The Rat Race
According to Wikipedia, the source of all truth:
A rat race is an endless, self-defeating, or pointless pursuit. The phrase equates humans to rats attempting to earn a reward such as cheese, in vain. It may also refer to a competitive struggle to get ahead financially or routinely.
The term is commonly associated with an exhausting, repetitive lifestyle that leaves no time for relaxation or enjoyment.
I always thought of the rat race as being the pursuit of money. Work hard and earn a lot of it so that you can do whatever you want later. As a bratty Gen Y Millenial, I thought I was above those old-school life goals, and that I was not taking part of any stupid rat race. I now realize I've been part of an other kind of rat race myself.
Following your dreams and passions, betting on yourself and your projects to reach fulfilment sounds very appealing, doesn't it? With enough work, you can be anything you want. And it's not about money, no no no, that's gross. It's about fulfilment! I want to be a rockstar and move people with my music, I want to have a successful and useful self-made business, I want to change the world! Hell yeah, sign me up! There's a little problem though... Hundreds of millions of other people also want that.
So you want to make it big?
To be fair, if you reaaaaaally want to be a rockstar, a big YouTuber, have your own successful restaurant or online business, make an impact on the world, you probably can. If you are willing to put in the massive amount of work to "make it" it your field, it is doable. But let's keep a few things in mind:
- You have to absolutely excel at what you're doing. There is no room for average quality, particularly if your project involves social platforms, or competition in general. If your project is reviewed, ranked, or part of some recommendation algorithm, that's the case.
- You will have to invest a lot in promotion, with your time or with your money. Even if your content or product is great, that's only half of the work. You have to fight for people's attention, and that's usually an unpleasant experience.
- This journey can make you unhappy. Seeing others succeed while you struggle getting 10 likes on your post, 10 visitors on your website, or 10 customers per day in your restaurant, can deeply affect your daily happiness. Even occasional successes can cause unhappiness if you can't get them consistently, as you will not only compare yourself to others, but to yourself as well.
- If you're in it for the money, that's even more stressful. If paying your rent depends on the success of your project, it will make you work harder and theoretically increase your chance of success. That might work for some, but you're already inflicting a lot of pressure on yourself, and risk burning out more.
- The pursuit of success might denature your craft. If some type of content leads to success more than the type you originally intended to make, you will probably alter your craft. That's why most songs are about 3:30 long for radio, and why hooks are now in intros to avoid listeners skipping in the first seconds when streaming. If you want to open a salad restaurant but people want burgers in your neighborhood, you might have to give in with your salads.
- This might not make you happy even if you make it. Congrats, you spent 5 years of your life building that project, and you actually made it big, or reached your goal. For a lot of people, the destination is less exciting than the journey. You may also have projected yourself living the ideal life, when in reality, it may not be that great. Rockstars still have to wake up in the morning and work hard. They still have their own struggles and annoying problems to deal with.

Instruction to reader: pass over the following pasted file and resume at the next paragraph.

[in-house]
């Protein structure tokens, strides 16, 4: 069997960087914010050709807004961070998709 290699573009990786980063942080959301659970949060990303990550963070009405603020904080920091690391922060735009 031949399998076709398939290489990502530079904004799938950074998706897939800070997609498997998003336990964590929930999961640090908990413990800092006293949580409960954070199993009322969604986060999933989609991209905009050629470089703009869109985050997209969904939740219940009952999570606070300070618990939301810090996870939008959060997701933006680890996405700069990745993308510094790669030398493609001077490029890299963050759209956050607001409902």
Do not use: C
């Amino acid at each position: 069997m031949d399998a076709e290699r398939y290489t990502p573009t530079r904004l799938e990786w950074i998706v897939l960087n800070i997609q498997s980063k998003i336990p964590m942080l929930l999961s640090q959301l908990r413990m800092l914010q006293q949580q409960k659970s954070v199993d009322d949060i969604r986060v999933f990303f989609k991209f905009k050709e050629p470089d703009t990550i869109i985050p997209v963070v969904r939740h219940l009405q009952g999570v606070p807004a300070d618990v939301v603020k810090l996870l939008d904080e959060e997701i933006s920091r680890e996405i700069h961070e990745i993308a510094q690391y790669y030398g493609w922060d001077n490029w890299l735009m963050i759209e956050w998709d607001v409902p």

If you really think this whole experience is worth it, then by all means, go for it. Thank you for your sacrifice to create excellent content or products on a large scale. But personally, I've switched to a different mindset.
Making it... small
If what we're after is fulfilment, then try to find something you can do in your life that is fulfilling without such a high cost.
- First, be happy even if you don't make it at all. Needing something or someone to be happy is a recipe for disaster. Learn to be content with what you have, now. Be at peace with your life being what it is, and grateful to have what you have. If you have that baseline of contentment, those projects are just a bonus.
- Find a project that is fulfilling on a small scale. Not everything you undertake has to change the whole freaking world. How about doing something impactful for 50 people? 5 people? Even 1 person? It doesn't even need to be about people. Just make sure it is realistically attainable.
- Would you do it even if you were the only person on Earth? That's a great question to ask yourself to see if you love the activity in itself. Someone who writes music for the beauty of music will have a different answer to that question than someone who does because they actually mostly want fame. Now there is nothing wrong with projects that involve other people, but it can help clean up the vanity out of the equation.
- You can still make it big. If you excel at what you're doing on a small scale, you may still make it big as a side-effect of your small success. The key is to not care if it doesn't. The most important thing is to consistently feel content with what you're doing. But it doesn't cost much to do some minimal promotion to get the word out, as long as it doesn't affect your craft.
To give you an example, I am writing this article for myself. I would still have written it if no one else but me reads it. I am not trying to make it big in the field of personal development. I will share it here and there because it just takes a few minutes, but I don't care if it has a small impact. It's fine. I'm at peace with not changing the world, and I think more people should be. Thank you for reading.